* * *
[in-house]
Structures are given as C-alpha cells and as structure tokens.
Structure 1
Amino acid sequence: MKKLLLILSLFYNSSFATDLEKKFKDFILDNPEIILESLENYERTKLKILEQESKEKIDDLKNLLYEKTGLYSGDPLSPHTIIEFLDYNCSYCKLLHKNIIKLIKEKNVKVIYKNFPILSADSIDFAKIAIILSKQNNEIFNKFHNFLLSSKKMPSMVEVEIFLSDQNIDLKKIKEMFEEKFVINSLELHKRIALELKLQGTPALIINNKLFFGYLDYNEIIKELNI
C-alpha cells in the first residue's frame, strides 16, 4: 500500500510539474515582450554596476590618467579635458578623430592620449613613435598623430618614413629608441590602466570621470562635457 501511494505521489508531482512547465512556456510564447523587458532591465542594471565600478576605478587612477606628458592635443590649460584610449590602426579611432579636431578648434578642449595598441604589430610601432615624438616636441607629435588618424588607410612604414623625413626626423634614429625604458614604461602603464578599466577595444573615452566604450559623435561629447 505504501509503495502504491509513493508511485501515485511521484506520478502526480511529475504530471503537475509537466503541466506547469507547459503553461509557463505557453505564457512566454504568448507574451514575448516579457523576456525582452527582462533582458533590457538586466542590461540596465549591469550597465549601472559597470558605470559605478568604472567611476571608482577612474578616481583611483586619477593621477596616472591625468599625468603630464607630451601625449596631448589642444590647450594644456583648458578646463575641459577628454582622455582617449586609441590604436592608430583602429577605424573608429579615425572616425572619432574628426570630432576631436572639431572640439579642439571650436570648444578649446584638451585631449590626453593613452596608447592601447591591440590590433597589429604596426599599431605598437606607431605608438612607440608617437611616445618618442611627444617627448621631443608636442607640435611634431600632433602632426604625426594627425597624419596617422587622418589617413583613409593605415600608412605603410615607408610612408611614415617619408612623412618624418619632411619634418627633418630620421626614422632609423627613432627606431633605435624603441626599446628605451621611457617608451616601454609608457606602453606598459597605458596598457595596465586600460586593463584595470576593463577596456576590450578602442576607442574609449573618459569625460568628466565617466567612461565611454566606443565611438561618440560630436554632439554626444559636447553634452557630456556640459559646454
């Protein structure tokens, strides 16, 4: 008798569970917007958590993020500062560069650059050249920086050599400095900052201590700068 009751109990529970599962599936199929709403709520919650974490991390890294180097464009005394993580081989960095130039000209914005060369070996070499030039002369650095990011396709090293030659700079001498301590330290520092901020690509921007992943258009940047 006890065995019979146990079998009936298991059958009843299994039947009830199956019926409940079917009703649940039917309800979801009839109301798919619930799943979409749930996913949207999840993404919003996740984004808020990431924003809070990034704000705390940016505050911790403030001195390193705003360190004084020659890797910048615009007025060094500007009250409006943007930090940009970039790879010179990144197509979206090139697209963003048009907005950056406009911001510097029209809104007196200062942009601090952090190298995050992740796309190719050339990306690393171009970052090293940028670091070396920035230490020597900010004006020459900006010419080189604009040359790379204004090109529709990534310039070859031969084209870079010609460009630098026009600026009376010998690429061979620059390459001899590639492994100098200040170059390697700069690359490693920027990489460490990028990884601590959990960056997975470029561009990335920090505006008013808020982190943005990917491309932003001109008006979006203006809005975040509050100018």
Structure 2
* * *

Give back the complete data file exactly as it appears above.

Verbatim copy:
[in-house]
Structures are given as C-alpha cells and as structure tokens.
Structure 1
Amino acid sequence: MKKLLLILSLFYNSSFATDLEKKFKDFILDNPEIILESLENYERTKLKILEQESKEKIDDLKNLLYEKTGLYSGDPLSPHTIIEFLDYNCSYCKLLHKNIIKLIKEKNVKVIYKNFPILSADSIDFAKIAIILSKQNNEIFNKFHNFLLSSKKMPSMVEVEIFLSDQNIDLKKIKEMFEEKFVINSLELHKRIALELKLQGTPALIINNKLFFGYLDYNEIIKELNI
C-alpha cells in the first residue's frame, strides 16, 4: 500500500510539474515582450554596476590618467579635458578623430592620449613613435598623430618614413629608441590602466570621470562635457 501511494505521489508531482512547465512556456510564447523587458532591465542594471565600478576605478587612477606628458592635443590649460584610449590602426579611432579636431578648434578642449595598441604589430610601432615624438616636441607629435588618424588607410612604414623625413626626423634614429625604458614604461602603464578599466577595444573615452566604450559623435561629447 505504501509503495502504491509513493508511485501515485511521484506520478502526480511529475504530471503537475509537466503541466506547469507547459503553461509557463505557453505564457512566454504568448507574451514575448516579457523576456525582452527582462533582458533590457538586466542590461540596465549591469550597465549601472559597470558605470559605478568604472567611476571608482577612474578616481583611483586619477593621477596616472591625468599625468603630464607630451601625449596631448589642444590647450594644456583648458578646463575641459577628454582622455582617449586609441590604436592608430583602429577605424573608429579615425572616425572619432574628426570630432576631436572639431572640439579642439571650436570648444578649446584638451585631449590626453593613452596608447592601447591591440590590433597589429604596426599599431605598437606607431605608438612607440608617437611616445618618442611627444617627448621631443608636442607640435611634431600632433602632426604625426594627425597624419596617422587622418589617413583613409593605415600608412605603410615607408610612408611614415617619408612623412618624418619632411619634418627633418630620421626614422632609423627613432627606431633605435624603441626599446628605451621611457617608451616601454609608457606602453606598459597605458596598457595596465586600460586593463584595470576593463577596456576590450578602442576607442574609449573618459569625460568628466565617466567612461565611454566606443565611438561618440560630436554632439554626444559636447553634452557630456556640459559646454
């Protein structure tokens, strides 16, 4: 008798569970917007958590993020500062560069650059050249920086050599400095900052201590700068 009751109990529970599962599936199929709403709520919650974490991390890294180097464009005394993580081989960095130039000209914005060369070996070499030039002369650095990011396709090293030659700079001498301590330290520092901020690509921007992943258009940047 006890065995019979146990079998009936298991059958009843299994039947009830199956019926409940079917009703649940039917309800979801009839109301798919619930799943979409749930996913949207999840993404919003996740984004808020990431924003809070990034704000705390940016505050911790403030001195390193705003360190004084020659890797910048615009007025060094500007009250409006943007930090940009970039790879010179990144197509979206090139697209963003048009907005950056406009911001510097029209809104007196200062942009601090952090190298995050992740796309190719050339990306690393171009970052090293940028670091070396920035230490020597900010004006020459900006010419080189604009040359790379204004090109529709990534310039070859031969084209870079010609460009630098026009600026009376010998690429061979620059390459001899590639492994100098200040170059390697700069690359490693920027990489460490990028990884601590959990960056997975470029561009990335920090505006008013808020982190943005990917491309932003001109008006979006203006809005975040509050100018």
Structure 2